Pediatric Therapeutic Services

Keyboarding, Part 3!

This is our third post about keyboarding.

To see our other posts on this topic, check out these posts: Keyboarding Resources, and  More on Keyboarding

In this post, we will share a number of excellent websites and games for students to learn and practice keyboarding.

First up is BBC Dance Mat Typing. This is a great introduction to keyboarding and touch typing.

Pros: Free, teaches correct finger placement for touch typing, rewarding and enjoyable cartoon characters and music.

Cons: Does not measure typing speed or record progress. May be too juvenile for teens.

Keybr – A great website for practice of learned finger placement and development of speed and fluency. Unique to most typing programs, you type random combinations of letters that frequently co-occur, with some real words included.

Pros: Free, allows log in and recording of time/speed/accuracy of performance on an easy-t0-print graph.

Cons: Is basic in graphics and concept. Does not allow for practice of typing sentences/punctuation on Levels 1-3. You can input data from a website or document if you would like to measure speed and accuracy of sentences.

Sense Lang – This website includes lessons and games to build keyboarding skills. There is also an opportunity for you to create your own typing class and customized typing lessons.

Pros: Free, includes typing lessons in the touch typing method. Speed and accuracy are measured. Website includes typing games, including Type for Your Life and Typing Olympics that range in difficulty.

Cons: Does not record data over time.

Free Typing Game has free typing lessons, which target specific letters, chosen by the user, to achieve a goal speed, also chosen by the user. When the typist achieved the goal set, a review of all learned keys is presented. These lessons measure typing speed and allow for the printing of completion certificates. There are also few different games that give students opportunities to practice typing individual letters as well as words. The games are graded by level of difficulty, and by the keys used (including capitals and punctuation). 

 Pros: Free, able to target small groups of letters at a time, includes typing tests, lessons, and games. Allows you or the student to set short term goals.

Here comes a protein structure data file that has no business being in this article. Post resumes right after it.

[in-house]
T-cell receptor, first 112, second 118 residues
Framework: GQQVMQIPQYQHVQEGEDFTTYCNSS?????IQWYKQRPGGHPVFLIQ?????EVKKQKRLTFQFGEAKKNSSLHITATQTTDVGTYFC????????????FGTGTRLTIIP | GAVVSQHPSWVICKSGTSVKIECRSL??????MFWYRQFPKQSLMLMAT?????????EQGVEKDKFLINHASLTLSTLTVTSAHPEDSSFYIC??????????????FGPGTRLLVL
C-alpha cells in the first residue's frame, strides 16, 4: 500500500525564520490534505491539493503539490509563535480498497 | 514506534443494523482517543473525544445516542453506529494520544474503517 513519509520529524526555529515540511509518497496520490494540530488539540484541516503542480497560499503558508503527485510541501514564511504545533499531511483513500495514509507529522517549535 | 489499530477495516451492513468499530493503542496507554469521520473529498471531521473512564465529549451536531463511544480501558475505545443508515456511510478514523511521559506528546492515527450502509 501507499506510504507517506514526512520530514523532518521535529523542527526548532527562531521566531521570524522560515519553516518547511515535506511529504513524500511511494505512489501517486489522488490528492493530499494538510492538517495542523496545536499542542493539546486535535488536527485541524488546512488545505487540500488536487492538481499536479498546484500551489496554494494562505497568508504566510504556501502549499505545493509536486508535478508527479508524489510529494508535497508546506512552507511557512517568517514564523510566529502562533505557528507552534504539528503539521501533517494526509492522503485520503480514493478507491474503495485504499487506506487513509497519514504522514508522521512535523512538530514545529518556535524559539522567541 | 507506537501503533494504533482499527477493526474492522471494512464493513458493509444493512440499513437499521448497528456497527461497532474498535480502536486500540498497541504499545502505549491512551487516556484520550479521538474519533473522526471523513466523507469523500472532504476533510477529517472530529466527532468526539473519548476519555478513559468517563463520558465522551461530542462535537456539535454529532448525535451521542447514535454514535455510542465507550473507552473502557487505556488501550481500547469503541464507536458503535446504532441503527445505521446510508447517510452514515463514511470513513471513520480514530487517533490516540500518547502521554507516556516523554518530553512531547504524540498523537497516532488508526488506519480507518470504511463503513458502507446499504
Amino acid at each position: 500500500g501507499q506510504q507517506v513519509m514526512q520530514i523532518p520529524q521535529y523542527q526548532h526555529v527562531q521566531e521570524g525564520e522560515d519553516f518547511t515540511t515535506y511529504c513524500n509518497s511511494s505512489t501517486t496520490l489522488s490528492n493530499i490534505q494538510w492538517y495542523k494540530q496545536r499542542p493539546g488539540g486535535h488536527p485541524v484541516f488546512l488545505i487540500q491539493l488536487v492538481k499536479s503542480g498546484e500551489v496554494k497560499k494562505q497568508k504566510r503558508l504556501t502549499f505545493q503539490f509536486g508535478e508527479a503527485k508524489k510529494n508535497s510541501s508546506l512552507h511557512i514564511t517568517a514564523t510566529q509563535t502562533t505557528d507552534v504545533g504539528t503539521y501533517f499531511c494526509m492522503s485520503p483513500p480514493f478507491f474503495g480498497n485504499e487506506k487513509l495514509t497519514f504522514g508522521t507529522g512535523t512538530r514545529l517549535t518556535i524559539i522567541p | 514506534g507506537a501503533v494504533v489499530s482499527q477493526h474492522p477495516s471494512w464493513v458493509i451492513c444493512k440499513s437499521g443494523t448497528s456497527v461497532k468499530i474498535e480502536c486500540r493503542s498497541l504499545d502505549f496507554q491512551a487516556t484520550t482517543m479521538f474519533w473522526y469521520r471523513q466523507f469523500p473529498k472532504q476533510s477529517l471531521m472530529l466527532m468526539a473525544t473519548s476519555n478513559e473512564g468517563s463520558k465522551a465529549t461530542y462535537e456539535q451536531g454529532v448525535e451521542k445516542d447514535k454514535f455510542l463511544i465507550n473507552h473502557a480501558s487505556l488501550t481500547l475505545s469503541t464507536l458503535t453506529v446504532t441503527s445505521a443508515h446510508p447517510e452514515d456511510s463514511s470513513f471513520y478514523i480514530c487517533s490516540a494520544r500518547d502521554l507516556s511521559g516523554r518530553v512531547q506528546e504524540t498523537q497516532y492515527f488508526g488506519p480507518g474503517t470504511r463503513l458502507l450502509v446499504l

Cons: Does not record data over time.

Typer Shark is an adventure game that is available in a demo version for free, and for purchase from Pop Cap games. Your diver ventures the depths of the ocean in search of long lost treasure, while avoiding hungry sharks and dangerous piranhas. This game generally interests older students, and provides practice of both individual letters and words. Each level becomes progressively harder, and the game has several settings for overall difficulty.

Pros: Free version available. Engaging and exciting game that progressively gets more difficult.

Cons: Full version costs about 10 dollars. Does not include lessons or instruction in finger placement and touch typing. Level typing speed is generally inflated over “true typing speed.”

Clockwords is a different kind of typing game, that requires that you come up with the words to type. It’s engaging, and available for free and in a purchased version.

Pros: Free version available.

Cons: Full version costs approximately 5 dollars. Does not record words per minute in a traditional way. Requires greater cognitive demand – composition and spelling of the words.

If you are interested, there are several other resources for keyboarding games at practice at Dr. Zachry’s blog! What’s your favorite resource for teaching students keyboarding?

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